Setting these criticisms aside, both the NCCE and Computing at School have published what can be best described as a framework of competency-based standards. By benchmarking to compare the standards against those set by the US based Computer Science Teachers Association (CSTA) as well as the globally recognised International Society for Technology in Education (ISTE) which are aligned to the UNESCO Competency Framework, means digital literacy needs focus on the ten core standards as essential minimum expectations. These are also directly linked to four of the articles in the UN Convention on the Rights of the Child.

Computer programming or coding

Whilst the introduction of computer programming or coding to the National Curriculum in 2013 was broadly welcomed, it has become contentious and controversial – with some discouraging participation and questioning why we should teach programming to children as young as age four when they may never directly work in the technology industry.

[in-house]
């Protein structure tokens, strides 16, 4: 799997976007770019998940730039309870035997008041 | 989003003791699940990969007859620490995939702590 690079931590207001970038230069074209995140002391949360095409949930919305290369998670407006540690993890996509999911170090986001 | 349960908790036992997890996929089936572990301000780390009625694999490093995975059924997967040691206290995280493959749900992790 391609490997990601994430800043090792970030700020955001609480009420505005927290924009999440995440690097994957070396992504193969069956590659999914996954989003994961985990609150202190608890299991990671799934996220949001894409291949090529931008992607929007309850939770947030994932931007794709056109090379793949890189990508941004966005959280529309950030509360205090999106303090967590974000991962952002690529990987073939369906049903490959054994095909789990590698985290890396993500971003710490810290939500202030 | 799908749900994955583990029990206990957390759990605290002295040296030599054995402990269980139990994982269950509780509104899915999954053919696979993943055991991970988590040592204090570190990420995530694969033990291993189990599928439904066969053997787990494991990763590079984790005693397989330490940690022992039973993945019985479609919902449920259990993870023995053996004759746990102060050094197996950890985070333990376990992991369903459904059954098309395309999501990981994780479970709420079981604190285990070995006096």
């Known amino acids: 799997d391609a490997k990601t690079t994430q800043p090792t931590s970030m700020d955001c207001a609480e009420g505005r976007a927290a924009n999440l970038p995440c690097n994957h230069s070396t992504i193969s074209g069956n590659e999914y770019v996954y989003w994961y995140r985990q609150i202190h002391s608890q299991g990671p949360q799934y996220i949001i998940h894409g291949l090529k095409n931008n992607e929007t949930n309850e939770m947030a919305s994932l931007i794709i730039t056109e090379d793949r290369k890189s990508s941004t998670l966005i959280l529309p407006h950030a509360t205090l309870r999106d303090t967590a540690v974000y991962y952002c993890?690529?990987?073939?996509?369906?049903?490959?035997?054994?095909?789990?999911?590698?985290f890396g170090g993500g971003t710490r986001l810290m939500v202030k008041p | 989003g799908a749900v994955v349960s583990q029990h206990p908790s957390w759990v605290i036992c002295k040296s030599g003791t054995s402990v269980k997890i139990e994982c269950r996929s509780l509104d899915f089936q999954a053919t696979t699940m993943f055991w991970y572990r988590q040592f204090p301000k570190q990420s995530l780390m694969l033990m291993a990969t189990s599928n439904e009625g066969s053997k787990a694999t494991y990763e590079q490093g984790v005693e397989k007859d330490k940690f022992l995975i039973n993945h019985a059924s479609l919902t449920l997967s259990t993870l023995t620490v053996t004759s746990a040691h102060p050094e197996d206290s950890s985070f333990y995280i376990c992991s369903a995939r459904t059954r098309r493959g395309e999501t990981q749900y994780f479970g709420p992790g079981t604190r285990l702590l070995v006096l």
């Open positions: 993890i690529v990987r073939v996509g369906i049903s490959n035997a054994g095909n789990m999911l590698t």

My personal counterargument to this is that through the sequence of programming lessons, learning to code achieves two broader outcomes: Firstly, futureproofing the citizens of tomorrow means enabling them to have these attributes. Secondly, pupils can learn more about the application of what they are working with. For example, the colour-coded sensor system children in Year four explored helped them to understand how an automated robot could be used as a track-based transport or delivery system. Such ideas are not science-fiction for primary schools but about pushing the boundaries to the cutting edge of current technological innovation.

Digital citizenship

The statements listed in the Education for a Connected World 2020 framework have been turned by the South West Grid for Learning ProjectEVOLVE team, into scenarios that are presented to the children as surveys using Kahoot, so teachers can immediately see what the children think. I run the survey twice, between which time the class have time to talk and reflect on their thoughts and experiences. The second time the poll is run is to gauge how the children’s attitudes towards staying safe online might have changed or not.

Computational thinking

During the first half of every Autumn Term, the children are encouraged to reflect on the digital world around us. Here is the sequence of learning that happens across our school.